Wednesday, 24 July 2013

Up-dates and Other Stuff....

First of all, an up-date on D.  X-rays confirmed that he'd been by an air gun pellet.  The pellet 'skimmed' his skull rather than hitting it - which is why there was so much blood.  He came to school on Friday because he didn't want to miss the fun of the last day - brave soul.  Naturally all the adults in his life are horrified by the incident and 'what might have been' - but we are playing it down as a 'lucky escape from an accident' with D.  I understand that the local police are now involved, but I'm going to have to wait until September before I hear anymore because I live too far away to get local news for my school. 

So............... it's the holiday!!  To be honest, it feels a little weird.  I think teachers use so much adrenaline to get to the end of term that the first few days frequently leave you feeling over-tired and deflated.  Don't get me wrong - I'm having a great time.  It's just that my brain hasn't quite caught up with the concept yet!!!

On Sunday I took Mark to Broadway Tower Country Park, about 20 miles to the east of us and on the edge of the Cotswolds.  I'd been planning a return visit ever since I met my friends there in June (see 'Catching Up' post). The weather was still warm but cloudy enough to make walking comfortable.  We parked the car by the visitor centre and pottered off along the lanes.  After a couple of miles we started to cross the lavender fields of 'Cotswold Lavender'.  We stopped at their tea room for a morning coffee and to try their lavender shortbread (seriously nice!).

After another half of mile, we arrived in the tiny village of Snowshill.  It's one of those 'perfect' Cotswold villages where time appears to have stood still.  I imagine that it must be very difficult to live there..

Here's the church, with the pub in the background...

When we got back to the car we spread out a rug the shade of a large tree and enjoyed our picnic lunch.  Then we came to the REAL reason for our visit.  A little past the Tower, in a small compound, is the entrance to a NUCLEAR BUNKER!  It's only open a few days of the year so we'd made a special visit to find out more.  My husband is absolutely fascinated by these types of holes in the ground and the history round them.  The entrance here is the top of a 15 feet 'rung ladder' that leads to the small room, complete with all the artefacts of the period.  Against my better judgement - as I really don't like being in enclosed spaces underground - I was helped down by the guide.  He let me stand at the bottom of the shaft for the 30 minutes presentation.  It helped immensely that I could see the sky and feel a little fresh air on my face, but I would NEVER voluntarily go inside one of these things again!!!!!!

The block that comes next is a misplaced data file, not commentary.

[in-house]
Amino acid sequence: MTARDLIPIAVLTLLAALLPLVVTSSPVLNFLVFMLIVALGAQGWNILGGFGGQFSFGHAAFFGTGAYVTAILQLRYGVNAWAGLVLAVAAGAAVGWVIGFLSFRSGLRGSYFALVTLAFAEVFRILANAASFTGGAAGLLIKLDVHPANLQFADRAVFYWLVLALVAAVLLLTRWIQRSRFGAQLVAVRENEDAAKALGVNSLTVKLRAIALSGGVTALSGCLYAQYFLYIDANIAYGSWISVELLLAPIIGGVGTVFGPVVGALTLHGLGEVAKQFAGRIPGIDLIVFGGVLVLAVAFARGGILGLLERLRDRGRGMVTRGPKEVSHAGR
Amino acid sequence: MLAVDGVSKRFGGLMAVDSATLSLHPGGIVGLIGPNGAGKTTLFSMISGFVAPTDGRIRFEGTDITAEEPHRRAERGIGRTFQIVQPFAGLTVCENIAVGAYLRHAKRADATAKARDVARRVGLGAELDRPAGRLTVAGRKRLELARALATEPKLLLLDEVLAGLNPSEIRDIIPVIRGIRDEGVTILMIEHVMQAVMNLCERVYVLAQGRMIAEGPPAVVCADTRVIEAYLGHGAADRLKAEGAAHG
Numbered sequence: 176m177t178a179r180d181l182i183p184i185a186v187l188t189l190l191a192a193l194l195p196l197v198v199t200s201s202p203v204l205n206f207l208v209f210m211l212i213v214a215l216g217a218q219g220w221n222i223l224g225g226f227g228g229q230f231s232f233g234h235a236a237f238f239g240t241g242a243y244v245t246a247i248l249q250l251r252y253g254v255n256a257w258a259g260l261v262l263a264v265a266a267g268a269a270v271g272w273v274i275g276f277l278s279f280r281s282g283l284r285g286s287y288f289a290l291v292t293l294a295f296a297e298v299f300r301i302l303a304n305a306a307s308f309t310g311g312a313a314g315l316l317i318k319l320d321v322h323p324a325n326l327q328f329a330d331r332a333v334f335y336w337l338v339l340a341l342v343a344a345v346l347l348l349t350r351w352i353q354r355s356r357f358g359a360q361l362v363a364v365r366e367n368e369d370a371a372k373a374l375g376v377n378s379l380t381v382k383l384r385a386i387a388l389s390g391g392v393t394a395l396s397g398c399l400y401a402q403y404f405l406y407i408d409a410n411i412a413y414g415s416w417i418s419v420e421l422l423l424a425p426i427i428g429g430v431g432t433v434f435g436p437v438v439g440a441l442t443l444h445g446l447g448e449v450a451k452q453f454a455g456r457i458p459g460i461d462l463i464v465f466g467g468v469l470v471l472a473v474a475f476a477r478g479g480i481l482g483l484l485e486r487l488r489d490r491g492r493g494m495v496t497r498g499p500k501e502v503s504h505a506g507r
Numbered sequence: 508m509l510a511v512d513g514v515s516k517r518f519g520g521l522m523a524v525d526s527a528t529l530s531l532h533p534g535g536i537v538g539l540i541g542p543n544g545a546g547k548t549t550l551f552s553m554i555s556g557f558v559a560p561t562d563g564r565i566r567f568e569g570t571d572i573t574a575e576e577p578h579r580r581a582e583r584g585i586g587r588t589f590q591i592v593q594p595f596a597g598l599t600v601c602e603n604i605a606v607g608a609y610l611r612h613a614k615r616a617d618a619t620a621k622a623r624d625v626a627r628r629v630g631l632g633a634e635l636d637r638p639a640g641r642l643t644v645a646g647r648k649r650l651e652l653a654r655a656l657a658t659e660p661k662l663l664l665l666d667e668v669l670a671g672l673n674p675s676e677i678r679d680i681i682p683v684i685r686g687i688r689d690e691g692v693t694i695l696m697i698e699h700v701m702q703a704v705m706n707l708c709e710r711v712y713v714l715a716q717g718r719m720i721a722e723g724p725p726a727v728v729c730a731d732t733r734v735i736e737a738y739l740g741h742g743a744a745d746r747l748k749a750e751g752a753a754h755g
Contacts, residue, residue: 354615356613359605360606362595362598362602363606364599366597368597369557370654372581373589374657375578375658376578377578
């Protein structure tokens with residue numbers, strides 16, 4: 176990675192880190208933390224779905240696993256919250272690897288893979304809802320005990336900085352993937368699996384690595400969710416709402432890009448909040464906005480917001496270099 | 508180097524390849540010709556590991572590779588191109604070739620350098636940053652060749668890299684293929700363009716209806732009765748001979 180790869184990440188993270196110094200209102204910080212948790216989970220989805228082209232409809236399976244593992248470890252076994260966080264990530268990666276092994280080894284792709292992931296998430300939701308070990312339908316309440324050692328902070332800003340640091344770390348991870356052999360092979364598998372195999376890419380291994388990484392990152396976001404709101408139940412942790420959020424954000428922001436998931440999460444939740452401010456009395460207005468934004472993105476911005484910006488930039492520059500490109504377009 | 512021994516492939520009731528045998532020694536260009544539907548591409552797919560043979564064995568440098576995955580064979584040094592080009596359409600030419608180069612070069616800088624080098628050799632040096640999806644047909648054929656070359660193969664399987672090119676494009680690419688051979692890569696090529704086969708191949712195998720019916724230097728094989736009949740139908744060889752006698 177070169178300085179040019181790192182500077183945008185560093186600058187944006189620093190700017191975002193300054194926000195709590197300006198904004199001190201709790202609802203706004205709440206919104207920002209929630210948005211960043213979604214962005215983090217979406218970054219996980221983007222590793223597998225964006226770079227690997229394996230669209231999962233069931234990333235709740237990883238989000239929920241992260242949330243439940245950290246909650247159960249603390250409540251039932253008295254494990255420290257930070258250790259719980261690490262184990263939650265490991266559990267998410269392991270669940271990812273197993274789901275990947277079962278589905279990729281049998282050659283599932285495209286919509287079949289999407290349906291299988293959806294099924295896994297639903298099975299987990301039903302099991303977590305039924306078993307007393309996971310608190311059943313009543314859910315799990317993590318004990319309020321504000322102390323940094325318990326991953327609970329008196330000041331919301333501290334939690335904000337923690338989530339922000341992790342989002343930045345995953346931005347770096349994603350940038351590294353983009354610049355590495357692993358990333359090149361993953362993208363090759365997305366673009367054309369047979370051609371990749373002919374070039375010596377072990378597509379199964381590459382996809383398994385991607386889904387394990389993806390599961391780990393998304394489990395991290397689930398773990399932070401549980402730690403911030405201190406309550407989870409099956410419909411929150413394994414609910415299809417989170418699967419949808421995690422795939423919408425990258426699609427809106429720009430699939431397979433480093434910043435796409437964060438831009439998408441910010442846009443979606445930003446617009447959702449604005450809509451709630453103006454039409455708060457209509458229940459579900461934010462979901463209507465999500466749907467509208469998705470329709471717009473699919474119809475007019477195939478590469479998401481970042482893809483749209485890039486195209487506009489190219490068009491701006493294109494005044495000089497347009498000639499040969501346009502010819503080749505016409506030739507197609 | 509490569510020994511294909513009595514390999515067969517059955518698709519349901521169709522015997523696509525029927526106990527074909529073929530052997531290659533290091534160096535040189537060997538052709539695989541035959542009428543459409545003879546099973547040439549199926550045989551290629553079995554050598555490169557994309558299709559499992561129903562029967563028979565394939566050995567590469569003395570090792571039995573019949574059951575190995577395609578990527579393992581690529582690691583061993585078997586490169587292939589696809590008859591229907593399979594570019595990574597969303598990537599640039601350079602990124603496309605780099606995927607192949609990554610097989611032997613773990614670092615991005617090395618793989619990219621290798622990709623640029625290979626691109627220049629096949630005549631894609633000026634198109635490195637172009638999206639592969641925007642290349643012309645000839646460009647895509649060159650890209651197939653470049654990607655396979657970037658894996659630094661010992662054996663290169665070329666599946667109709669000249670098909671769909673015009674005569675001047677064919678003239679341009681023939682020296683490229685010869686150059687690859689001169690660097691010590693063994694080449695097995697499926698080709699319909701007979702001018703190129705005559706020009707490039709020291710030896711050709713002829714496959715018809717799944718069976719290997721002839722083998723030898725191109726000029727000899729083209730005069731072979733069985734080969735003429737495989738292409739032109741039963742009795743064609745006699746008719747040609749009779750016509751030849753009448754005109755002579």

After I'd recovered from the ordeal (ha ha!) we also visited the tower.  There's just three rooms - one on each floor - and they deal with different aspects of the tower's history.  My favourite was the middle room, which explored the links with William Morris.

The room had been restored with a Morris-deign wallpaper and fabrics.....

And then we reached the top of the tower.  After my time underground I particularly enjoyed the fresh air and the panorama.  Unfortunately it wasn't very clear and visibility was limited to about 5 miles.  Nevertheless, it was definitely worth the entry fee and the climb up all the stairs!

Wishing all you fellow teacher+bloggers a very happy holiday!

Thursday, 18 July 2013

Hoping that this was a terrible accident...

As you've probably realised from my previous posts - I am immensely fond of the pupils that I teach.  They make my epic commute bearable through their enthusiasm for my subject and their generally quirky outlooks on life.  In a school full of nice kids, D. has always stood out.  He's a great boy - keen to do well, but still 'one of the lads'.  Earlier today he was in tears because his final performance assessment didn't go perfectly.  He's one of several hundred kids that I'm proud to be associated with.